Anna Stove

I’ve regularly attended Pink Ribbon Events - breast cancer is close to my heart after my Mum had it twice, once in her early 40s and again in her early 70s.

But when it happens to you, it’s on a whole different level…………

I had a routine mammogram in July 2022 which picked up an abnormality in my left breast.  When the Breast Clinic rang to say something had come up, I wasn’t too worried, even with my family history I thought I would be fine.

When I went to the Breast Clinic for further examination, they also found something in my right breast.  This was a shock as it hadn’t been picked up by the mammogram.

It was the Clinical Breast Care Nurse who examined me before my ultrasound that picked it up.  She noticing dimpling under the right breast. Ultrasound and biopsy confirmed it, but if it hadn’t been for that amazing nurse Fiona (I will never forget her name), it’s likely my right breast wouldn’t have been assessed.

Normally at this stage you would be told to come back the following week to get your results & not to worry too much.  However, due to what they had seen on ultrasound they told me to come back with a support person & we would need to work out a plan.  I remember sitting in the carpark crying & can’t even remember the drive home.  All I wanted to do was talk to my husband, but realised I needed to do that face to face not over the phone.  Both breasts were battered and bruised from the multiple biopsies.

I was diagnosed with ductal carcinoma in situ (DCIS – a pre-invasive type of breast cancer) in my left breast & invasive lobular carcinoma (ILC) in my right breast.

I needed to have bi-lateral mastectomies & was encouraged to have reconstruction at the same time. It was going to be a 12hr operation & I was keen for it to happen quickly.  As we had private insurance, we made the decision to move from Public to the Private system to speed things up.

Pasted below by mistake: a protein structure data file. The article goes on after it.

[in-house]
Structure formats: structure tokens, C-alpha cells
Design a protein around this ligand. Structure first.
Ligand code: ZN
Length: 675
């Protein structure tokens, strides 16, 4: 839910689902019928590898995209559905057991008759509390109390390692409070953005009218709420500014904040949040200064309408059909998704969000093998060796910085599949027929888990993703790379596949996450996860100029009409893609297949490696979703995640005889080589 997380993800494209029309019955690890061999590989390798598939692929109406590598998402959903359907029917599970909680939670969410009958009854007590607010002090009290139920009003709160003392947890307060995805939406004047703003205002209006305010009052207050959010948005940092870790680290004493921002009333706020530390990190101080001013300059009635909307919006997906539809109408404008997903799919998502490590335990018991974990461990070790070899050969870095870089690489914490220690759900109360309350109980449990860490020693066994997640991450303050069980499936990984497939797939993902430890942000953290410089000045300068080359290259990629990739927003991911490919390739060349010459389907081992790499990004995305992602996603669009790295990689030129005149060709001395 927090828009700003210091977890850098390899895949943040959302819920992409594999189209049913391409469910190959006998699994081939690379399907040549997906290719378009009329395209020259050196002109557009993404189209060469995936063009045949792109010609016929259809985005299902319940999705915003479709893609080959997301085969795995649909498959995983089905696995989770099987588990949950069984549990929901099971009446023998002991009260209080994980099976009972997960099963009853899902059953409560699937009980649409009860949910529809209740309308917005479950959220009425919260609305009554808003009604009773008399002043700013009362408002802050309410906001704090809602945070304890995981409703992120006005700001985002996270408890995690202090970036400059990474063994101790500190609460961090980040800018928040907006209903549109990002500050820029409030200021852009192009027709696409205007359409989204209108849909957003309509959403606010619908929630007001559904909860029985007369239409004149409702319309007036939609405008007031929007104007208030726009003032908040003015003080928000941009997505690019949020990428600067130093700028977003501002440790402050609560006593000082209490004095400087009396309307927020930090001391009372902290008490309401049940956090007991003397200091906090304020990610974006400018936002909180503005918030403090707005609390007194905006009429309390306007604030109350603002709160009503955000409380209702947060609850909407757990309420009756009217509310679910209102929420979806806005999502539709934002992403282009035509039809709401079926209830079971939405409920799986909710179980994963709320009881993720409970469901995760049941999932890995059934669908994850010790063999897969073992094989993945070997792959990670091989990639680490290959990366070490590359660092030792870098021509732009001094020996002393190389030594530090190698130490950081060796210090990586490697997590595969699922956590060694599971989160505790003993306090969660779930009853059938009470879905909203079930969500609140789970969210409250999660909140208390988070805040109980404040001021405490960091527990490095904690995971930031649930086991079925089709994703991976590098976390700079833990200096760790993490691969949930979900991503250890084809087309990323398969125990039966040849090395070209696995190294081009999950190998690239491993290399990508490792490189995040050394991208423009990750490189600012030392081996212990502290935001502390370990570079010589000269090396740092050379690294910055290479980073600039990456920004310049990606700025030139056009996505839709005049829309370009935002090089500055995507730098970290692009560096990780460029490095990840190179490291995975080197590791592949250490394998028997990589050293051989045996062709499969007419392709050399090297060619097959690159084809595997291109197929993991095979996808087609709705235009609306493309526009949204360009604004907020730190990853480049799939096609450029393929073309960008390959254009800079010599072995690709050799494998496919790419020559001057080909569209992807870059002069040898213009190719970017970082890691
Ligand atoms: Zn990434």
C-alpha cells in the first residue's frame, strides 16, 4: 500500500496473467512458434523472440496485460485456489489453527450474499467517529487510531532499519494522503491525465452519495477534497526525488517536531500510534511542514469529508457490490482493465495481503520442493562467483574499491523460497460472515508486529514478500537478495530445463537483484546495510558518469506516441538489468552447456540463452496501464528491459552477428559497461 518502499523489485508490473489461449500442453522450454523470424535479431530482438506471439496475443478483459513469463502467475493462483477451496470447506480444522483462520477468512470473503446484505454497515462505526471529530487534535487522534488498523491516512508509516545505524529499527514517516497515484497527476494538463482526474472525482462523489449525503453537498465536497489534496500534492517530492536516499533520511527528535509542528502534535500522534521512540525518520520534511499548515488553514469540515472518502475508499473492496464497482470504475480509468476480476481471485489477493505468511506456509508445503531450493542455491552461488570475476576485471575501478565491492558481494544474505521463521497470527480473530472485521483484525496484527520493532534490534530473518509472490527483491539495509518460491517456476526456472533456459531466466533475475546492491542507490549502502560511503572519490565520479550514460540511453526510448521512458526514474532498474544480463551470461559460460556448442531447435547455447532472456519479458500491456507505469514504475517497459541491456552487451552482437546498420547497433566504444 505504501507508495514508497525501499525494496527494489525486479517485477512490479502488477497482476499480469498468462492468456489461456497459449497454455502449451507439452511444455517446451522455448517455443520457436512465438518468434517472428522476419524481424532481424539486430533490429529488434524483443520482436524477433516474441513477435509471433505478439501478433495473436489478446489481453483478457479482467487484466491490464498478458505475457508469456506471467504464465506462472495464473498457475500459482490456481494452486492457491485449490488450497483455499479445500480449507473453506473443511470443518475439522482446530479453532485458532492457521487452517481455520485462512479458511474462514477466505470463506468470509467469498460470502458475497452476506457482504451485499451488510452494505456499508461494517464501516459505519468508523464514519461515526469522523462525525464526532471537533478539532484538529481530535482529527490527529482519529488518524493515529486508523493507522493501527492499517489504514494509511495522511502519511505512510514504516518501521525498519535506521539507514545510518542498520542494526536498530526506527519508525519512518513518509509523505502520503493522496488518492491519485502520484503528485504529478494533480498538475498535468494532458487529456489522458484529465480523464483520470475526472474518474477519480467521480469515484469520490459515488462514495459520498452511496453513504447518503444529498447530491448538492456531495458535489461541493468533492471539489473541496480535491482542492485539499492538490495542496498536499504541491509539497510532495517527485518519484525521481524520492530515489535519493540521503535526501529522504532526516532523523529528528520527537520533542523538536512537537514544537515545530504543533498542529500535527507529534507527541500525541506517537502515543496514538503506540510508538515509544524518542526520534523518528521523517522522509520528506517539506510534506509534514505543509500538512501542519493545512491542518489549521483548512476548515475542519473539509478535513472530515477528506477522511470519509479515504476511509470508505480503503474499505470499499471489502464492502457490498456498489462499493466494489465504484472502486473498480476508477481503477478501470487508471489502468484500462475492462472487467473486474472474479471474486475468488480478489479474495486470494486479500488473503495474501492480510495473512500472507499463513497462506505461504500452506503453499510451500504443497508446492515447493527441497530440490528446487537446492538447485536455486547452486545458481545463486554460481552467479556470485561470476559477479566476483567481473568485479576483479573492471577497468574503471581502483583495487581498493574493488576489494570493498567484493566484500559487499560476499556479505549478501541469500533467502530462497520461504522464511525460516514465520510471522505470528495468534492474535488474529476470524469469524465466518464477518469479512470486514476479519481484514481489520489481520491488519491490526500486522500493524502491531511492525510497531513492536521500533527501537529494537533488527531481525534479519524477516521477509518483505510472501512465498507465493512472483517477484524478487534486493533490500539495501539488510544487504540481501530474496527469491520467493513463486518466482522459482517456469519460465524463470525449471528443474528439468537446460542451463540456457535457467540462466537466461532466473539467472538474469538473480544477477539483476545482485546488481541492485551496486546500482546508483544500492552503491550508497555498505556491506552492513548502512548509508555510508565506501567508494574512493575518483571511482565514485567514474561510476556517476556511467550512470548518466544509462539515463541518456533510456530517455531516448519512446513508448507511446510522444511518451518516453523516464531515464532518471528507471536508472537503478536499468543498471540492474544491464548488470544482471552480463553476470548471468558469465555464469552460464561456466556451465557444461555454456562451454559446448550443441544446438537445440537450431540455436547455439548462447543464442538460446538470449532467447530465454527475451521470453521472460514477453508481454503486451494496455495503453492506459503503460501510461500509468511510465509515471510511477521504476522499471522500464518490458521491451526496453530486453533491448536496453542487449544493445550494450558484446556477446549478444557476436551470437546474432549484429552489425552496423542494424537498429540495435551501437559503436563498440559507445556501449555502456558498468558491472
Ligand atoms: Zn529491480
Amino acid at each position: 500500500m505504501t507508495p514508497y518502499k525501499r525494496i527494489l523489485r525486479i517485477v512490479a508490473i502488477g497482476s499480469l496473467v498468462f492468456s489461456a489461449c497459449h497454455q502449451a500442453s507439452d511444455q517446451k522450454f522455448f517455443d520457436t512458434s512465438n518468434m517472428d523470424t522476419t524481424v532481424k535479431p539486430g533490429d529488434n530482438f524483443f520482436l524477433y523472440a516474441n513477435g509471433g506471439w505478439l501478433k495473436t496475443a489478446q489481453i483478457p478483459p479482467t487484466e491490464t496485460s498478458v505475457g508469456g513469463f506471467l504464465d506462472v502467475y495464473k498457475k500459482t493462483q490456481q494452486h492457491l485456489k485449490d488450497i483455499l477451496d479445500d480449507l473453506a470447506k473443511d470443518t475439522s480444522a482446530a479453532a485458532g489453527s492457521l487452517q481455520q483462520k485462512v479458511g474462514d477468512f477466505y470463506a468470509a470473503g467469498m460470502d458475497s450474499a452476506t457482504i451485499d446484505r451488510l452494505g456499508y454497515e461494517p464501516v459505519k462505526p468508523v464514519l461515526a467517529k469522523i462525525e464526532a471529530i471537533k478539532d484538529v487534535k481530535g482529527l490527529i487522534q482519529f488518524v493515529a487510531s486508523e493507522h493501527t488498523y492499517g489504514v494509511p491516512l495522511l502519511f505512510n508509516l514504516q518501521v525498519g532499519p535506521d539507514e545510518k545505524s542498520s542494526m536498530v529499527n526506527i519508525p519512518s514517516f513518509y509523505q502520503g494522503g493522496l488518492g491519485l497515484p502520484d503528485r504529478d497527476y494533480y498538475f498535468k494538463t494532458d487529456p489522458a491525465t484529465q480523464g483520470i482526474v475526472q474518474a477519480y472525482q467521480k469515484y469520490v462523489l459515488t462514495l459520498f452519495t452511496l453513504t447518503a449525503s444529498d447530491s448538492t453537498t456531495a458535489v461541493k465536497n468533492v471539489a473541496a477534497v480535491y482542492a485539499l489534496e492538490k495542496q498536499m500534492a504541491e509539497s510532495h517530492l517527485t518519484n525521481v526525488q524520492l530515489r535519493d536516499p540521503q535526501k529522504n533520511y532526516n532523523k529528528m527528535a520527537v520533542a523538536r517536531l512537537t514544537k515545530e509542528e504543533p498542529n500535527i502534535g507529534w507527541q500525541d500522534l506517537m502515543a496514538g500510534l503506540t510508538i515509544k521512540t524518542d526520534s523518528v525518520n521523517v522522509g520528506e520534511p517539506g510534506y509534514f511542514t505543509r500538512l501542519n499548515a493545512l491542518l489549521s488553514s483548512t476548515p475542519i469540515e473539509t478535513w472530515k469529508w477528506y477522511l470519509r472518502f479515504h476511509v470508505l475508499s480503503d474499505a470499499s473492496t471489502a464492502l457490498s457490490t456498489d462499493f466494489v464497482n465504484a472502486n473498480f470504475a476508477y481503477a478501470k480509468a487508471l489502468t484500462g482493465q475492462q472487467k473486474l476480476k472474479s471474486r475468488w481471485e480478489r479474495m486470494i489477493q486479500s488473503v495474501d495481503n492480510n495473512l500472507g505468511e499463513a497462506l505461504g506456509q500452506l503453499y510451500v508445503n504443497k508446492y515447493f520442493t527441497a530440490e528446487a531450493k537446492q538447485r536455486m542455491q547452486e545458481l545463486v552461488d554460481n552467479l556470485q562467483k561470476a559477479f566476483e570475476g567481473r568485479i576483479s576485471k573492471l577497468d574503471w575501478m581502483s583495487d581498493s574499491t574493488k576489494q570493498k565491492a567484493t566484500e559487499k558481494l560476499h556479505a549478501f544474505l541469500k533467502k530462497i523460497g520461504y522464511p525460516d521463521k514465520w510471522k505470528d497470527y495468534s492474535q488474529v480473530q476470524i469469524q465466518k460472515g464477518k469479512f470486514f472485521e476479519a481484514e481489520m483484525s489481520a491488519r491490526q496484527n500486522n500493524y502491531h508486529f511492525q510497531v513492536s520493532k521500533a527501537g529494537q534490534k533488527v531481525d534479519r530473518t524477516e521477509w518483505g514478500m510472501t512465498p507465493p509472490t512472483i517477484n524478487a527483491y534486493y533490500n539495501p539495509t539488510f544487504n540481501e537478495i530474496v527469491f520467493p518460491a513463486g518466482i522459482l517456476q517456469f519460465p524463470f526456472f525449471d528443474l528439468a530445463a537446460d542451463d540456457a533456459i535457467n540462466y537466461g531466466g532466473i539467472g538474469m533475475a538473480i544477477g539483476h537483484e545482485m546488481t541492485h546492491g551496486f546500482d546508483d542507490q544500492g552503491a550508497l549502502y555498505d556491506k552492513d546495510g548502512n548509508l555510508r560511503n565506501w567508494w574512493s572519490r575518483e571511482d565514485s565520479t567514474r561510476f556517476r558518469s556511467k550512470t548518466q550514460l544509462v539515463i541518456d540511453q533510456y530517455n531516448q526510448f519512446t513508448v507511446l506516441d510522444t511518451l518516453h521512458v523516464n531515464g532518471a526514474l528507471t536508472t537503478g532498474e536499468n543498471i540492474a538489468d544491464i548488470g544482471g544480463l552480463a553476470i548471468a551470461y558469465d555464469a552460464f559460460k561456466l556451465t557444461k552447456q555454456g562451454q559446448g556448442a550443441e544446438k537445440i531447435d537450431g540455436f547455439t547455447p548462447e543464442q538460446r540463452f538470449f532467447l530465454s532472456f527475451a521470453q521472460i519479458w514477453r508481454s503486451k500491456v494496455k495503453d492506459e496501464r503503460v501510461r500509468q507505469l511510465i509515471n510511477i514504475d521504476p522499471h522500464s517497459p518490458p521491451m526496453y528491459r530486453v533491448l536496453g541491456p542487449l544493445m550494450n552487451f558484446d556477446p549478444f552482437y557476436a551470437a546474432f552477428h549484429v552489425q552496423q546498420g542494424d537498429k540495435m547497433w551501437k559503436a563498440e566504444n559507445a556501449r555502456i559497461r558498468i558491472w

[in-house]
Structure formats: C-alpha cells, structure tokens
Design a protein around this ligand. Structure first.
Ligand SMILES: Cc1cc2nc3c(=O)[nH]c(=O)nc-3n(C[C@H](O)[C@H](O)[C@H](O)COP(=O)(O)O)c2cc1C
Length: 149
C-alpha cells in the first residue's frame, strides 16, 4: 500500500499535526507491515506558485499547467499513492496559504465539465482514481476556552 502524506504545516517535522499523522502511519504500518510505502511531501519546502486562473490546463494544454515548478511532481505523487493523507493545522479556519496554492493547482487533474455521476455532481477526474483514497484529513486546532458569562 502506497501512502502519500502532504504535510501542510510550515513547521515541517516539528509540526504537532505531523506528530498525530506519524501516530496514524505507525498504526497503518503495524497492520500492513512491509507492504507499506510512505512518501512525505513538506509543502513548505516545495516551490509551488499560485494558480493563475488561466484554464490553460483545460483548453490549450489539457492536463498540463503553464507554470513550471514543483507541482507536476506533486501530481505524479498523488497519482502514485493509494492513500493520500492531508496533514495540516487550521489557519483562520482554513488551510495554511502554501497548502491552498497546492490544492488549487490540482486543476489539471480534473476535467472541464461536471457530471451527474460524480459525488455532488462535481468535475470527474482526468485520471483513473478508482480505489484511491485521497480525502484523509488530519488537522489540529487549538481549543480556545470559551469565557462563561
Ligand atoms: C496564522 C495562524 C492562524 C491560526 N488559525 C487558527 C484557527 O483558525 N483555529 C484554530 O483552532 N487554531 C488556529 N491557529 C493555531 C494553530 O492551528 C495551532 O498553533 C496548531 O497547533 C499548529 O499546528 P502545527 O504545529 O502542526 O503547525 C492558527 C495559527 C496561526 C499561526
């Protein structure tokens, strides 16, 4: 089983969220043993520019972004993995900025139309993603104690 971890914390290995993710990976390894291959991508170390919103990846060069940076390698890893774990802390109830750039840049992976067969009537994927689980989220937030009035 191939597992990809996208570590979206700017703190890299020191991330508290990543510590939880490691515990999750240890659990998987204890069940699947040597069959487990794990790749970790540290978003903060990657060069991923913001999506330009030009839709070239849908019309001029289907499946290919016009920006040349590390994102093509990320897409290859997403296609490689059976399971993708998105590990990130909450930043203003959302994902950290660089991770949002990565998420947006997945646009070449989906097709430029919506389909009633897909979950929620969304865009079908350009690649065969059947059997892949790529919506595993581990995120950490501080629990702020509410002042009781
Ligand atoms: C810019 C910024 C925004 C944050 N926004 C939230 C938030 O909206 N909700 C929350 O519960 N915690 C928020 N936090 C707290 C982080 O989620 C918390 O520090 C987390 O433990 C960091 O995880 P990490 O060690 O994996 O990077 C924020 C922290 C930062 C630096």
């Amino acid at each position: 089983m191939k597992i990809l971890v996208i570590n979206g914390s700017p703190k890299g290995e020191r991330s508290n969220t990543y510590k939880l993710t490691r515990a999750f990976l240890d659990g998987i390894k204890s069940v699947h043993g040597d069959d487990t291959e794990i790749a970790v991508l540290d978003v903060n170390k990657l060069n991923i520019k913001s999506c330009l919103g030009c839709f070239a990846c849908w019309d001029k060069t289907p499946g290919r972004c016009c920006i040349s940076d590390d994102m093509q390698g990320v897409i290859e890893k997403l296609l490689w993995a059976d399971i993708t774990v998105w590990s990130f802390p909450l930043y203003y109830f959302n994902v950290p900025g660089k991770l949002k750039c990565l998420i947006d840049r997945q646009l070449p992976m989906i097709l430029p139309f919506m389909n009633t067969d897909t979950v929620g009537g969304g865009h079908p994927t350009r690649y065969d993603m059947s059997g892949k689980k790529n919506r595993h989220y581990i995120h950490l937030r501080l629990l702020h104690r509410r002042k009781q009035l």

However, my first consultation with my Breast Surgeon was the night NZ went back into lockdown on 17th August 2022 and Auckland private hospitals were shut for seven weeks. It was the toughest time not having a date for surgery. My surgeon was amazing & contacted me every week via ZOOM to support me.

When I eventually had my operation at the end of September, because of COVID restrictions I couldn’t have any visitors, not even my husband.  I still remember Kerry dropping me off with security at Ascot’s front door & waving him off.  Although I was terrified, I think the drive home for him was probably worse. It was the first week that Ascot re-opened and there were only six of us in the entire hospital - it was like a ghost town.  However, I received the most amazing care from the healthcare team.  Although I wasn’t allowed visitors, this actually helped with my recovery – I was out within 5 days.

I don’t want this to be a negative story, I want it to be a positive one.  There are many things to be thankful for;

  • Brilliant Breast & Plastic surgeon who I had complete confidence in
  • My re-construction was done using my tummy. It’s the first time I have felt grateful for having adequate tummy tissue available!
  • Recovery was during COVID lockdown & although it was sad not having friends & family call in, it gave me time to heal at my own pace
  • I actually think friends found it more difficult not seeing me during lockdown, but everyone found their own way to support Kerry & I - regular texts, 100’s of meals delivered & even our gardens got weeded. It was so touching that people knew what was important to us.
  • I haven’t had to have Chemotherapy. 10 years ago I would have, but they now know that Chemotherapy adds no significant benefit to ILC hormone positive disease.

My cancer tested positive to hormone receptors, so my treatment for 5 years is endocrine therapy which lowers the amount of estrogen in my body. As a result, it hopefully blocks the growth of breast cancer cells.

I encourage everyone to get involved with Pink Ribbon events. As well as encouraging people to donate it also reminds women to check their breasts & have regular mammograms.

My experience has made friends sit up and take action.  It’s very easy to put mammograms off, but it’s like your cars warrant of fitness- you’ve got to do it!